Photo: Eric Anderson.

The author is certainly well qualified. She is co-owner of Robins Bush Foods in Melbourne, she is a member of the Federal Governmentís Australian Native Bushfoodís Industry Committee and at the Australian Football League's Centenary Ball, she produced 4000 serves of wild lime and pistachio mousse on native mint sponge!...has the "pav" finally met its match?

Each of the 120 foods are treated in more or less the same way:

  • A brief description of the plant and itís natural distribution, itís usage by aborigines and the extent of cultivation.
  • Cultivation notes (prepared by bushfood gardening consultant Rhys Freeman)
  • Harvesting, storage and cooking.
Several recipes using the particular food either by itself or as a complement to other dishes. The text is well laid out and, unlike traditional cookbooks, is not embellished with countless colour photographs of culinary perfection that no average person could ever replicate. There are also several useful supplementary chapters:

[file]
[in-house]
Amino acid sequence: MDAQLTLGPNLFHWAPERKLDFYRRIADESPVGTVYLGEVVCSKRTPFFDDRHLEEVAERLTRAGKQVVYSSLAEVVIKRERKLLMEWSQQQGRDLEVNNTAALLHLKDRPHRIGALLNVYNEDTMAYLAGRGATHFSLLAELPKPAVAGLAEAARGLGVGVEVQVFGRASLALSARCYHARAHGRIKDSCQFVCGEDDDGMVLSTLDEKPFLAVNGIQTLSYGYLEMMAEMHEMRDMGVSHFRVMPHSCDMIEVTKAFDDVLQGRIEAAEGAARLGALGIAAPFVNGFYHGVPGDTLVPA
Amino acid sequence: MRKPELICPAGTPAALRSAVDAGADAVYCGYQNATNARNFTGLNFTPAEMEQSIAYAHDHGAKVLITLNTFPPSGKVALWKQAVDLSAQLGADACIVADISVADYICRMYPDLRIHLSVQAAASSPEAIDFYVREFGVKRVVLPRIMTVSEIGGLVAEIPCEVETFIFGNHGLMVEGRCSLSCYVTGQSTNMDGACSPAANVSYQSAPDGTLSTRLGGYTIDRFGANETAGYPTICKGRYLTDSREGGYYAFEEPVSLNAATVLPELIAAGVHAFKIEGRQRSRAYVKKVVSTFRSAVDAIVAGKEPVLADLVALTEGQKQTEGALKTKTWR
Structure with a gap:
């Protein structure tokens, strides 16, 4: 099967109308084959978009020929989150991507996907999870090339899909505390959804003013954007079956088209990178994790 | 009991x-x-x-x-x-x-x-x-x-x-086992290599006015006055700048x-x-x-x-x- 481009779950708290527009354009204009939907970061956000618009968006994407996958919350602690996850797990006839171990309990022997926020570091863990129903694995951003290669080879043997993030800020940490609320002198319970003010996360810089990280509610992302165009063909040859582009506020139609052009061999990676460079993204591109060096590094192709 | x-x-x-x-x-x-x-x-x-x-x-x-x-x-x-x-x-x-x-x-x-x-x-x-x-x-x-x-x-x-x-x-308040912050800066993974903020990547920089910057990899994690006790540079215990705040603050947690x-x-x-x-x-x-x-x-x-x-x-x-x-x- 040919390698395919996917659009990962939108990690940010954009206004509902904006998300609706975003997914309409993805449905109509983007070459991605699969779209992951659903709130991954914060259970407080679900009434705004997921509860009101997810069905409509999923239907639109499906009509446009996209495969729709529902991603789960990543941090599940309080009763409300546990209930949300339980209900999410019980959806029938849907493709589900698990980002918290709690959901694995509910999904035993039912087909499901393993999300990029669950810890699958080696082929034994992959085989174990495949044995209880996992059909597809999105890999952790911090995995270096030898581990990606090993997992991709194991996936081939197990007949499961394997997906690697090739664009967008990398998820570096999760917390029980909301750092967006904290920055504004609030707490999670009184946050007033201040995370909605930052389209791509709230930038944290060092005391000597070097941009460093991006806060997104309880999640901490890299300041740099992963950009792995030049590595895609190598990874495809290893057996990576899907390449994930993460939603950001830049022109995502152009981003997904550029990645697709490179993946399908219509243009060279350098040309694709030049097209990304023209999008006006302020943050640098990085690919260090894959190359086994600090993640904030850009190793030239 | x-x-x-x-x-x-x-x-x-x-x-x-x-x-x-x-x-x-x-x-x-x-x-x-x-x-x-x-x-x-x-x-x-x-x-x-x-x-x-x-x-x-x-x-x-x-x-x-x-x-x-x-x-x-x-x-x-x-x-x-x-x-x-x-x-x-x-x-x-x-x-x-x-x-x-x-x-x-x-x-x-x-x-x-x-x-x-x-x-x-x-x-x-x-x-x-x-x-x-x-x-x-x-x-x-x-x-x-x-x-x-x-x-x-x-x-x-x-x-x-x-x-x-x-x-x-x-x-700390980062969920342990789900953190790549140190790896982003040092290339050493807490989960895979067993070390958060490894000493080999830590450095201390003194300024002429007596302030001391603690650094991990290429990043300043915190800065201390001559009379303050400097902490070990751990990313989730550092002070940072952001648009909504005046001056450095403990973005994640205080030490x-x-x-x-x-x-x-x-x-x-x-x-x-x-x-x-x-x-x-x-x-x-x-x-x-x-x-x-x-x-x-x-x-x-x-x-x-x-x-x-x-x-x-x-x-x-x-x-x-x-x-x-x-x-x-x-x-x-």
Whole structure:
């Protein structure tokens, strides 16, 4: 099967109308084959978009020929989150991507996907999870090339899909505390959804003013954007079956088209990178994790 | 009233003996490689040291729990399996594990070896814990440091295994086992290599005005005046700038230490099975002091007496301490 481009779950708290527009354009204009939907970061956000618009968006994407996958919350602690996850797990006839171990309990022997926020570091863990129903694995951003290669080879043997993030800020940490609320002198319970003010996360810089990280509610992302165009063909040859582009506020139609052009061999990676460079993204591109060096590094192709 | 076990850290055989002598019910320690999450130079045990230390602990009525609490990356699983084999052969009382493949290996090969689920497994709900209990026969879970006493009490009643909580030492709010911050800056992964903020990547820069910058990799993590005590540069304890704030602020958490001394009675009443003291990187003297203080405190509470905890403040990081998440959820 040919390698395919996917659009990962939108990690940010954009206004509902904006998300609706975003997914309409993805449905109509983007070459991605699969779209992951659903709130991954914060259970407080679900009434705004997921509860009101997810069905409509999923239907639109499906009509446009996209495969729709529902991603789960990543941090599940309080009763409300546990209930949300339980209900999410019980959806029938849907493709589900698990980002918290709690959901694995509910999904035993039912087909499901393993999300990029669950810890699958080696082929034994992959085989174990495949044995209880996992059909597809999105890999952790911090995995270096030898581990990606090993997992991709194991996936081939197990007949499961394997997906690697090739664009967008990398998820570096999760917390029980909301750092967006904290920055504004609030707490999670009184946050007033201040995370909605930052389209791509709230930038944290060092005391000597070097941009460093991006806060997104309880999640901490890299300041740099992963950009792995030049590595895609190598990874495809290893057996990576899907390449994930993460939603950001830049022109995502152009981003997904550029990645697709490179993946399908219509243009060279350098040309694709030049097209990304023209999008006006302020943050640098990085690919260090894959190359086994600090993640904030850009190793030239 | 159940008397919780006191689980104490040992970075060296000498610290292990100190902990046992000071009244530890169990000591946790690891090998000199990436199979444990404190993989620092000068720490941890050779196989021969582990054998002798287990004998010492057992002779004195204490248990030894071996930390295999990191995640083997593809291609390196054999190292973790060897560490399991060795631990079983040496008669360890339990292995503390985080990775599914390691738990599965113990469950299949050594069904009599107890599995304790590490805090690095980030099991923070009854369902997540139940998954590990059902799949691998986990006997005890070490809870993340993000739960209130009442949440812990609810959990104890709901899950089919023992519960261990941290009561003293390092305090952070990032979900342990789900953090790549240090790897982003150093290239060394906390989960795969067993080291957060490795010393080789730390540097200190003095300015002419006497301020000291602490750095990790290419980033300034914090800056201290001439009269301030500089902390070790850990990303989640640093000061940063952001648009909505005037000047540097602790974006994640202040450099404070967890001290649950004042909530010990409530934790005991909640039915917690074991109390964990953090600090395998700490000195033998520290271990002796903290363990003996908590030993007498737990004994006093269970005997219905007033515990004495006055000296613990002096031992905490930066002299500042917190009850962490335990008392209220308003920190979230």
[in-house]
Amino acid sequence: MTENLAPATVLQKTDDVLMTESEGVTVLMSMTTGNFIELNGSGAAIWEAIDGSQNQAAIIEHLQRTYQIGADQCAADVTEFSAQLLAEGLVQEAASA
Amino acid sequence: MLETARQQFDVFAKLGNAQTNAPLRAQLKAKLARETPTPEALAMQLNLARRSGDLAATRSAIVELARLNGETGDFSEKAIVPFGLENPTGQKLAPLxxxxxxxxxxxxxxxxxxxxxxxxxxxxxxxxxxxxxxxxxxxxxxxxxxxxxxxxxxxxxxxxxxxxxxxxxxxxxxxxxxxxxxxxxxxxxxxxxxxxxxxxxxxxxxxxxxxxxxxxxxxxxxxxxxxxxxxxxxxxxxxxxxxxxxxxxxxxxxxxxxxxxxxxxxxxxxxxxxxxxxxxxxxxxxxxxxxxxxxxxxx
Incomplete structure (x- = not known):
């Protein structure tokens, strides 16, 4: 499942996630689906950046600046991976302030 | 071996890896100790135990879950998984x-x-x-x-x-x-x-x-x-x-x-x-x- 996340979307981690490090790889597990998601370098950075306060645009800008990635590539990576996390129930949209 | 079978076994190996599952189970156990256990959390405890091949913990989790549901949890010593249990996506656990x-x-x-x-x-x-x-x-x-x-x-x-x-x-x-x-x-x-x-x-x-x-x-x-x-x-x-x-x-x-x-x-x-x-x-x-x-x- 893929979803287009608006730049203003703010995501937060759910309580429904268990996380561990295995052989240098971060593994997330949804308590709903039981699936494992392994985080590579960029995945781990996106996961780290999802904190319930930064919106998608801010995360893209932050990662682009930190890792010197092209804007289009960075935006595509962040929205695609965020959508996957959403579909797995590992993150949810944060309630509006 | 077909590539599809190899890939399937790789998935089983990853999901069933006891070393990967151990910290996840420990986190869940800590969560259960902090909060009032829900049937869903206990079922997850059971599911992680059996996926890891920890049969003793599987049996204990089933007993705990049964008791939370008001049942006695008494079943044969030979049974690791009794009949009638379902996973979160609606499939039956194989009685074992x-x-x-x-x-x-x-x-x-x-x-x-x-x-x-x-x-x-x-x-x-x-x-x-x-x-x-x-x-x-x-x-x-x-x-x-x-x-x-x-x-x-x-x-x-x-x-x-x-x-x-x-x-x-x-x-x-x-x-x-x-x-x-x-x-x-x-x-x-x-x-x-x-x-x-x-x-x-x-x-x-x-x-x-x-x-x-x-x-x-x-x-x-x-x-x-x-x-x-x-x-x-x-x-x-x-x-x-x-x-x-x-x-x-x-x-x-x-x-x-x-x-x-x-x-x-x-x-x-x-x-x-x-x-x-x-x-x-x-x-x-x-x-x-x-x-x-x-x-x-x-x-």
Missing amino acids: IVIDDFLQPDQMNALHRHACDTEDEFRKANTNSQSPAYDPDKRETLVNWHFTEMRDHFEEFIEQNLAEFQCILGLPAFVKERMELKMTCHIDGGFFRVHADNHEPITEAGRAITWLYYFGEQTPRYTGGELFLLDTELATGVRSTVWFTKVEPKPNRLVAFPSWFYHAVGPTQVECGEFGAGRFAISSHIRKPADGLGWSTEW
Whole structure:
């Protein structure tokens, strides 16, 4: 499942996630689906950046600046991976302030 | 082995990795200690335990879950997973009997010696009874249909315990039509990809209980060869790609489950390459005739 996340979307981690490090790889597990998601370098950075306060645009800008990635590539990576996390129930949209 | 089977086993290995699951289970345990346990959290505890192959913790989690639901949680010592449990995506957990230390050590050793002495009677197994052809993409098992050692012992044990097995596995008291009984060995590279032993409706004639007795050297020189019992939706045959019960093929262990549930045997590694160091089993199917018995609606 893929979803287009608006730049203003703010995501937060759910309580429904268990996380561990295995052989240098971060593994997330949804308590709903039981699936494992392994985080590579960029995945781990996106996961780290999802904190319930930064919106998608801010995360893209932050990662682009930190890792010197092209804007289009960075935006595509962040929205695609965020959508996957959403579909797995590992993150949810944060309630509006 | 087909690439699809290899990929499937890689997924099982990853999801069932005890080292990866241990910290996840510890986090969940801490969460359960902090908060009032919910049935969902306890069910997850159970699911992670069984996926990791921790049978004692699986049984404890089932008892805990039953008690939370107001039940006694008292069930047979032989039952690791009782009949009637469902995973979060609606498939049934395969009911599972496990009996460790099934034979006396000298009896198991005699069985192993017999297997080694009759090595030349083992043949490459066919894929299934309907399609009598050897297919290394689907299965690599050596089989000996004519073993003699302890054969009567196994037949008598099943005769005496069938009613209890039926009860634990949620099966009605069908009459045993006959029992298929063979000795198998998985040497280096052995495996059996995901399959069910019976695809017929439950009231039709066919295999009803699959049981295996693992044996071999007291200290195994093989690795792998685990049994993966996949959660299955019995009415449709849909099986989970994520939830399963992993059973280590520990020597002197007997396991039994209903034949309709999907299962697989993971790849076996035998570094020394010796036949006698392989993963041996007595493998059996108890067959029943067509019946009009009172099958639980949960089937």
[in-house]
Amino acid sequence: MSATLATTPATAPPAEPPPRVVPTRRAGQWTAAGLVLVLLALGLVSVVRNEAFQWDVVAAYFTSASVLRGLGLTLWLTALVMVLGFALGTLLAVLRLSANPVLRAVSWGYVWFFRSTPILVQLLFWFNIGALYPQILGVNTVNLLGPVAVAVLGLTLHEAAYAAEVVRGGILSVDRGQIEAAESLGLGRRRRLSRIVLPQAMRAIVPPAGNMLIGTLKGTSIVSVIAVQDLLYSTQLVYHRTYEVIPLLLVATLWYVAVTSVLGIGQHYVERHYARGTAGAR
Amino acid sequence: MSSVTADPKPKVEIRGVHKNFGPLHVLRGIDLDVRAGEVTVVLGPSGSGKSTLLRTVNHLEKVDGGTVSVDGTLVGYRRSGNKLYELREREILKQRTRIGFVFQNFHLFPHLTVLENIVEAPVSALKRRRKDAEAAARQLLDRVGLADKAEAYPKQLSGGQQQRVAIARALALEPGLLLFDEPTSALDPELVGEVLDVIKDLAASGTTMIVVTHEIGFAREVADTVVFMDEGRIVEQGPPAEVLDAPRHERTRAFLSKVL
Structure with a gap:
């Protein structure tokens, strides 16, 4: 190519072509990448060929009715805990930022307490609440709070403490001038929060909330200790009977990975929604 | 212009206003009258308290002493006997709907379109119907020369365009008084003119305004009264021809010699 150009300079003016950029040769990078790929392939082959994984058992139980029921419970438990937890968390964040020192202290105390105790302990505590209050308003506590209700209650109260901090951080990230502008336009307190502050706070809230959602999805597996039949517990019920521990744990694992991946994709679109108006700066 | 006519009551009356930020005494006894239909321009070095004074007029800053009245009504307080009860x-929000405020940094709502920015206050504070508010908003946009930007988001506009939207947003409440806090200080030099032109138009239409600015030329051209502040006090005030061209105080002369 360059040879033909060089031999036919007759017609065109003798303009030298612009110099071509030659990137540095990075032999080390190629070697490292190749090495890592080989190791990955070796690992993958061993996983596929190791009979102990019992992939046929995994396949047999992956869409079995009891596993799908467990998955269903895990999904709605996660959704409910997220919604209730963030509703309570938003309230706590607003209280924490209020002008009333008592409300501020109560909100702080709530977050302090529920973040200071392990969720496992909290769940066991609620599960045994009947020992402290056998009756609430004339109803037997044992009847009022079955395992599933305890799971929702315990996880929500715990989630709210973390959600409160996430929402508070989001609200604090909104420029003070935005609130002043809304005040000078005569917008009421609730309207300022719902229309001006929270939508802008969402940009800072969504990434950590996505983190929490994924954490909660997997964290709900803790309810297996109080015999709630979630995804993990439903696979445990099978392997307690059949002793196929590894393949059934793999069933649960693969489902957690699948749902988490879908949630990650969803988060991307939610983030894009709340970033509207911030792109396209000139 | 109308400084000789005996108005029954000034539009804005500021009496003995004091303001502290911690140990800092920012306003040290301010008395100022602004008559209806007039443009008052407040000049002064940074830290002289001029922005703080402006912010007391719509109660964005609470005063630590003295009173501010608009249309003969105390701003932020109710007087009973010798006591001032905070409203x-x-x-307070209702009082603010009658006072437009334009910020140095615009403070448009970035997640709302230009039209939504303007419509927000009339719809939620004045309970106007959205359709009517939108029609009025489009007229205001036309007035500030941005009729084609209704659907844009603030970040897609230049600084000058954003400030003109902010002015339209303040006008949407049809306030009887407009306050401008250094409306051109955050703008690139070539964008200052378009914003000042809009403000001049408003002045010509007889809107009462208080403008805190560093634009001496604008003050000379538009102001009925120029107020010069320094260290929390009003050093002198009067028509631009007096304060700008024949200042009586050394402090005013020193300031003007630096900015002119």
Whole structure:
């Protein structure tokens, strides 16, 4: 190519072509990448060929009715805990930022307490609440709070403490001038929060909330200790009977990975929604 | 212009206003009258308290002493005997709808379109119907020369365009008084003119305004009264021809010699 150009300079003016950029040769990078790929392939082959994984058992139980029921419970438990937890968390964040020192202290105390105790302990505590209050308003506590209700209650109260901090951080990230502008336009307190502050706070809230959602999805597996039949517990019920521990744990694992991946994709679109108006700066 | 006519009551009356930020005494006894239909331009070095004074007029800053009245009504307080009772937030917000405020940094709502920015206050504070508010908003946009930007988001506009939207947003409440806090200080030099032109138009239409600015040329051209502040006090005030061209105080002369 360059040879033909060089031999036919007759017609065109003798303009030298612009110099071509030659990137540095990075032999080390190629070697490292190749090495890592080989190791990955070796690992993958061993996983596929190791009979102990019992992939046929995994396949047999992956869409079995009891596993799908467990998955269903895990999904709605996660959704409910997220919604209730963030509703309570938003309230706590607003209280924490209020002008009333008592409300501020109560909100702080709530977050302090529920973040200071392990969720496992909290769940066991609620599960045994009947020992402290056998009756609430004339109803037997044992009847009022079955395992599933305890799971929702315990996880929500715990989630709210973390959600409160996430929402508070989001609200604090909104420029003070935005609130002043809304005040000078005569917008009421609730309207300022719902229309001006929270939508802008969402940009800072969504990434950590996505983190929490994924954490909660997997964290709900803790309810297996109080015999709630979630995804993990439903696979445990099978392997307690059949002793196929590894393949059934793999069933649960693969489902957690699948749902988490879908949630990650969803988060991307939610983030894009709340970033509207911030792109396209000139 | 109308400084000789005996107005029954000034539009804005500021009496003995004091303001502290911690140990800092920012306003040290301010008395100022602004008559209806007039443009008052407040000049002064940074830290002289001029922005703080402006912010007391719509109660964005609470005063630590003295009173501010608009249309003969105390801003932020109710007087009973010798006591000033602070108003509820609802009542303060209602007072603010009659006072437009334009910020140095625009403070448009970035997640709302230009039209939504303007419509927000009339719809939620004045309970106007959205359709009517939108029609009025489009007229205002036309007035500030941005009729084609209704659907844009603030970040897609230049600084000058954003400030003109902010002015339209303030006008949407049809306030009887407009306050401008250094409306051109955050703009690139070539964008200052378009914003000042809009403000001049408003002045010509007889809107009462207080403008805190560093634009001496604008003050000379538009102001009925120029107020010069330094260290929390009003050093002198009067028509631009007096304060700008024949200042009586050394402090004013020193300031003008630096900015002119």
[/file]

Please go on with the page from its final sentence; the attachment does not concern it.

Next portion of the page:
• Planning a Bushfood Garden
  • Planting Bushfoods
  • Bushfood Suppliers
  • Nurseries and Growing Contacts
  • Conversion Tables
The last mentioned are unlike any conversion tables that you have seen before. Did you know that 700 fruits of Dianella berries equals 100g or that 40 flowers of wild rosella equals 50g?...well I didnít!

And what of the recipes? I thought it would be useful to try one to confirm that the tastes are as good as they seem to be on reading. "Something simple", I reasoned, not just because suitable ingredients were scarce in the larder but also in recognition of my limited skills in this area.